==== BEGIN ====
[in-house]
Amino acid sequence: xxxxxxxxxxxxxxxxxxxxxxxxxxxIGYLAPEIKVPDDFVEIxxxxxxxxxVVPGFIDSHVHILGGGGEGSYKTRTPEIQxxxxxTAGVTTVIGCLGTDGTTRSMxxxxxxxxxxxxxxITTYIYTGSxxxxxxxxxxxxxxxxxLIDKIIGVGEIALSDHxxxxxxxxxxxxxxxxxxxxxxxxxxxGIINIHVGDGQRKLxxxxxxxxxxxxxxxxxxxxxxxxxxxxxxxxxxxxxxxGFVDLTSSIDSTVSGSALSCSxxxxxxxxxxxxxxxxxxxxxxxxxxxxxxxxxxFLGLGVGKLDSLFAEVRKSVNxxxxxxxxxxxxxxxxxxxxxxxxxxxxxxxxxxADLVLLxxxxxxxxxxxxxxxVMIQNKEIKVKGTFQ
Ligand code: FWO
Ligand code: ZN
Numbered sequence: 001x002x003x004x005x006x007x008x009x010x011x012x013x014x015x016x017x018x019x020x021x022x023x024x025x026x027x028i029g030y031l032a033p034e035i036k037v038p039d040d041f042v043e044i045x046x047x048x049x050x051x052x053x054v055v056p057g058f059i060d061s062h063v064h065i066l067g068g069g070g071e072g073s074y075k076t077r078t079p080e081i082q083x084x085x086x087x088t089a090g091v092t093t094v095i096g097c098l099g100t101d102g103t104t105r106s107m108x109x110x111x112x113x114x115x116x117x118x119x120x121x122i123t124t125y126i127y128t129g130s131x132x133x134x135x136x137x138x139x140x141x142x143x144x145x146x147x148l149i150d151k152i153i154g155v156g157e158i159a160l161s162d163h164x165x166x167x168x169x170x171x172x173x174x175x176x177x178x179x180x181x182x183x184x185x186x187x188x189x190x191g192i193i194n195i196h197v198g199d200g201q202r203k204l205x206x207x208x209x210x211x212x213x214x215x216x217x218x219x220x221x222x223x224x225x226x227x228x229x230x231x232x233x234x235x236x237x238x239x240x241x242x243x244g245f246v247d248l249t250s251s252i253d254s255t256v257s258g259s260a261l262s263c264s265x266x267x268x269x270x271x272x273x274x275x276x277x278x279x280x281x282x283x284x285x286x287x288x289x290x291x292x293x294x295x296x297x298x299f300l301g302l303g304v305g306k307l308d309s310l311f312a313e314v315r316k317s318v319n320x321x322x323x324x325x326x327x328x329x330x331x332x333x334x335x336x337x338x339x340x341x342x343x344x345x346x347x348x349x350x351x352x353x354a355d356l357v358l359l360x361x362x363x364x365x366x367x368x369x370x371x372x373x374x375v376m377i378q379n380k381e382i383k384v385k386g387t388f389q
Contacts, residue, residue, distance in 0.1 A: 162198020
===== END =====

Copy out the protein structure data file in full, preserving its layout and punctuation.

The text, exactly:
[in-house]
Amino acid sequence: xxxxxxxxxxxxxxxxxxxxxxxxxxxIGYLAPEIKVPDDFVEIxxxxxxxxxVVPGFIDSHVHILGGGGEGSYKTRTPEIQxxxxxTAGVTTVIGCLGTDGTTRSMxxxxxxxxxxxxxxITTYIYTGSxxxxxxxxxxxxxxxxxLIDKIIGVGEIALSDHxxxxxxxxxxxxxxxxxxxxxxxxxxxGIINIHVGDGQRKLxxxxxxxxxxxxxxxxxxxxxxxxxxxxxxxxxxxxxxxGFVDLTSSIDSTVSGSALSCSxxxxxxxxxxxxxxxxxxxxxxxxxxxxxxxxxxFLGLGVGKLDSLFAEVRKSVNxxxxxxxxxxxxxxxxxxxxxxxxxxxxxxxxxxADLVLLxxxxxxxxxxxxxxxVMIQNKEIKVKGTFQ
Ligand code: FWO
Ligand code: ZN
Numbered sequence: 001x002x003x004x005x006x007x008x009x010x011x012x013x014x015x016x017x018x019x020x021x022x023x024x025x026x027x028i029g030y031l032a033p034e035i036k037v038p039d040d041f042v043e044i045x046x047x048x049x050x051x052x053x054v055v056p057g058f059i060d061s062h063v064h065i066l067g068g069g070g071e072g073s074y075k076t077r078t079p080e081i082q083x084x085x086x087x088t089a090g091v092t093t094v095i096g097c098l099g100t101d102g103t104t105r106s107m108x109x110x111x112x113x114x115x116x117x118x119x120x121x122i123t124t125y126i127y128t129g130s131x132x133x134x135x136x137x138x139x140x141x142x143x144x145x146x147x148l149i150d151k152i153i154g155v156g157e158i159a160l161s162d163h164x165x166x167x168x169x170x171x172x173x174x175x176x177x178x179x180x181x182x183x184x185x186x187x188x189x190x191g192i193i194n195i196h197v198g199d200g201q202r203k204l205x206x207x208x209x210x211x212x213x214x215x216x217x218x219x220x221x222x223x224x225x226x227x228x229x230x231x232x233x234x235x236x237x238x239x240x241x242x243x244g245f246v247d248l249t250s251s252i253d254s255t256v257s258g259s260a261l262s263c264s265x266x267x268x269x270x271x272x273x274x275x276x277x278x279x280x281x282x283x284x285x286x287x288x289x290x291x292x293x294x295x296x297x298x299f300l301g302l303g304v305g306k307l308d309s310l311f312a313e314v315r316k317s318v319n320x321x322x323x324x325x326x327x328x329x330x331x332x333x334x335x336x337x338x339x340x341x342x343x344x345x346x347x348x349x350x351x352x353x354a355d356l357v358l359l360x361x362x363x364x365x366x367x368x369x370x371x372x373x374x375v376m377i378q379n380k381e382i383k384v385k386g387t388f389q
Contacts, residue, residue, distance in 0.1 A: 162198020